20 October, 2019
A new report says a large number of women are physically or verbally abused while they give birth in health centers.
Most of the abuse happens in the 15 minutes before and during childbirth.
The report noted other studies that found midwives and doctors believed they could "punish" women if they failed to do what the health workers wanted.
Researchers wrote in the report that mistreatment during childbirth can be a violation of human rights. The fear of being mistreated could also prevent women from seeking treatment at health centers.
The World Health Organization led the new study. The report was published in the medical publication The Lancet.
What the study said
Researchers followed more than 2,000 women in Nigeria, Myanmar, Ghana and Guinea. More than 4 in 10 reported being hit, forcibly held down, shouted at or criticized while giving birth. Women in the four countries had high rates of surgical operations related to childbirth without their approval – and often without medicine to ease the pain, either.
Younger, less-educated women are especially at risk of abuse during childbirth, researchers found. And, in general, women are often afraid to report examples of abuse against them.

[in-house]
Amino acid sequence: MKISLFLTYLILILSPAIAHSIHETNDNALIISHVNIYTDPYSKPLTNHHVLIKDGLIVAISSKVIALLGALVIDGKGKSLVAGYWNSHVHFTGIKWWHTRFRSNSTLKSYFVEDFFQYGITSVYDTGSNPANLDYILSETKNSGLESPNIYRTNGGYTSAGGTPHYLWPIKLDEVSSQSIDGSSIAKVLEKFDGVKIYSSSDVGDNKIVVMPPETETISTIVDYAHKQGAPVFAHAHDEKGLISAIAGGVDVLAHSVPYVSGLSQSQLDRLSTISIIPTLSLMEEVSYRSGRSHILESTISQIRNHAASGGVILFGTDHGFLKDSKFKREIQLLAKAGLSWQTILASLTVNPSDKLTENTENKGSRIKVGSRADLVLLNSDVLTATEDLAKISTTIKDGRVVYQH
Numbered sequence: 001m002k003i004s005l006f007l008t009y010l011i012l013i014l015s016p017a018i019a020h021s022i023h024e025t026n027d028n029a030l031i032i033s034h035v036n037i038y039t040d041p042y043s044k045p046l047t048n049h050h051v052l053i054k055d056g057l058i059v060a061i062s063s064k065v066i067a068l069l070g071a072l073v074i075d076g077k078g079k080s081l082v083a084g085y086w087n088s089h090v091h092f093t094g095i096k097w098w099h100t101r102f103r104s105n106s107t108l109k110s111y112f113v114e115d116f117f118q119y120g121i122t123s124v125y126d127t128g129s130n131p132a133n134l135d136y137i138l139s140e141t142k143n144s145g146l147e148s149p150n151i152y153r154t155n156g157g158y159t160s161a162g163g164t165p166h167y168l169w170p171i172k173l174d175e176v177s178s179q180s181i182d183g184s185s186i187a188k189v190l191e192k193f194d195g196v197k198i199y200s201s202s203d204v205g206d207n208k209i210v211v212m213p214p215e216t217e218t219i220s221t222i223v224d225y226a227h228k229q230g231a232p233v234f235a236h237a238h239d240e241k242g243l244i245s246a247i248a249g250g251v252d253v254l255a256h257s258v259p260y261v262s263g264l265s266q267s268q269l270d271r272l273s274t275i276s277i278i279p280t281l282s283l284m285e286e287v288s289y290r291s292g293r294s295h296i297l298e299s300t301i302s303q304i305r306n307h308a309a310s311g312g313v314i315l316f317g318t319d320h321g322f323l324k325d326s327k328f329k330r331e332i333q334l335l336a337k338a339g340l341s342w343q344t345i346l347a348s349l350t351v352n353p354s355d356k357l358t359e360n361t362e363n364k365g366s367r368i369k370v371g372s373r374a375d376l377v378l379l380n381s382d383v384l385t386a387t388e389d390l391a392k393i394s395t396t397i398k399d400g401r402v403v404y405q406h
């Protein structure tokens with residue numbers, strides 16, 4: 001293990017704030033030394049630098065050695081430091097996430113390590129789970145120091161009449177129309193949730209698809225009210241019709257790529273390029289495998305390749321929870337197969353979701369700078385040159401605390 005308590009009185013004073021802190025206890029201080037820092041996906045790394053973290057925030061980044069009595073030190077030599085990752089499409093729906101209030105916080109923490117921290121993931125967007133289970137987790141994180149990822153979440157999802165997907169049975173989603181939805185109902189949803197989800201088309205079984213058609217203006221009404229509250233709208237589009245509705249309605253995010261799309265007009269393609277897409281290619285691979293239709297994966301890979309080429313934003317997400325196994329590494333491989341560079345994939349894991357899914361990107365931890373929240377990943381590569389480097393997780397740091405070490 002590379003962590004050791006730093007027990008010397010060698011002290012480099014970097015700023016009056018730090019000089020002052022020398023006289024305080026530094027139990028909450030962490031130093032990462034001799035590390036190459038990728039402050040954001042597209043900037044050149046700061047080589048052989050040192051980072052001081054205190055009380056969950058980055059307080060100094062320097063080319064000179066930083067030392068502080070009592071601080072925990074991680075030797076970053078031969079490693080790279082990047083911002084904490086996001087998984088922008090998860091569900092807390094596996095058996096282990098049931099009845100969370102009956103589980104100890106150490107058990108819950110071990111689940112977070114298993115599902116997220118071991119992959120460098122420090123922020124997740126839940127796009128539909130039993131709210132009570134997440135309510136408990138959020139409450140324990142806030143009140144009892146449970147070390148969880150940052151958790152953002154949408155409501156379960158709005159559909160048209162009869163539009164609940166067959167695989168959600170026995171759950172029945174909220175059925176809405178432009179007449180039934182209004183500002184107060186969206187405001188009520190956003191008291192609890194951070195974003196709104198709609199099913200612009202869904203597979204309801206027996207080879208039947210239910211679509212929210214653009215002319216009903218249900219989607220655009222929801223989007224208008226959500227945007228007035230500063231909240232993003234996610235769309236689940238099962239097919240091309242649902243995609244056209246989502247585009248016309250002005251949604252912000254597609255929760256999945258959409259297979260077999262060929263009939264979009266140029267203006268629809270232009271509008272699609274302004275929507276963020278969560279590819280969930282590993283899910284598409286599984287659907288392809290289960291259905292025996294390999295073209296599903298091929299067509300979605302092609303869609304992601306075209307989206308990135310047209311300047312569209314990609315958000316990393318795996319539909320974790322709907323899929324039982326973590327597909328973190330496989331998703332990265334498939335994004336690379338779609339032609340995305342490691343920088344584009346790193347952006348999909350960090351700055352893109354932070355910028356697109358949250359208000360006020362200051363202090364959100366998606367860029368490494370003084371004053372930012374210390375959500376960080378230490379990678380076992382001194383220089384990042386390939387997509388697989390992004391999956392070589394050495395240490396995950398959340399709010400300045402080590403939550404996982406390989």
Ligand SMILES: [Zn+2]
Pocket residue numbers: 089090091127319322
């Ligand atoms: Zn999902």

The researchers urged officials to hold caregivers who mistreat women during childbirth responsible. They also urged governments to ensure women have a safe place to give birth. For example, they said that women should be able to agree to all medical actions. Women should be able to choose someone to stay with them at the health centers. And they should have as much privacy as possible.
This is a problem everywhere
Health officials say the mistreatment of women during childbirth appears to be a problem around the world, including in developed countries. Earlier reports documented physical abuse of women in Eastern Europe, especially Roma women. Some of these women were also separated from their newborns for several days.
Abusive actions toward mothers have also been reported across Latin America. In 2007, Venezuela became the first country to pass a law banning childbirth-related violence.
I'm Kelly Jean Kelly.
Kelly Jean Kelly wrote this story for Learning English based on reports from the Associated Press and VOA. George Grow was the editor.
Words in This Story
verbally - adv. relating to words
midwives - n. a person who helps a woman when she is giving birth to a child
Latin America - n. Spanish America and Brazil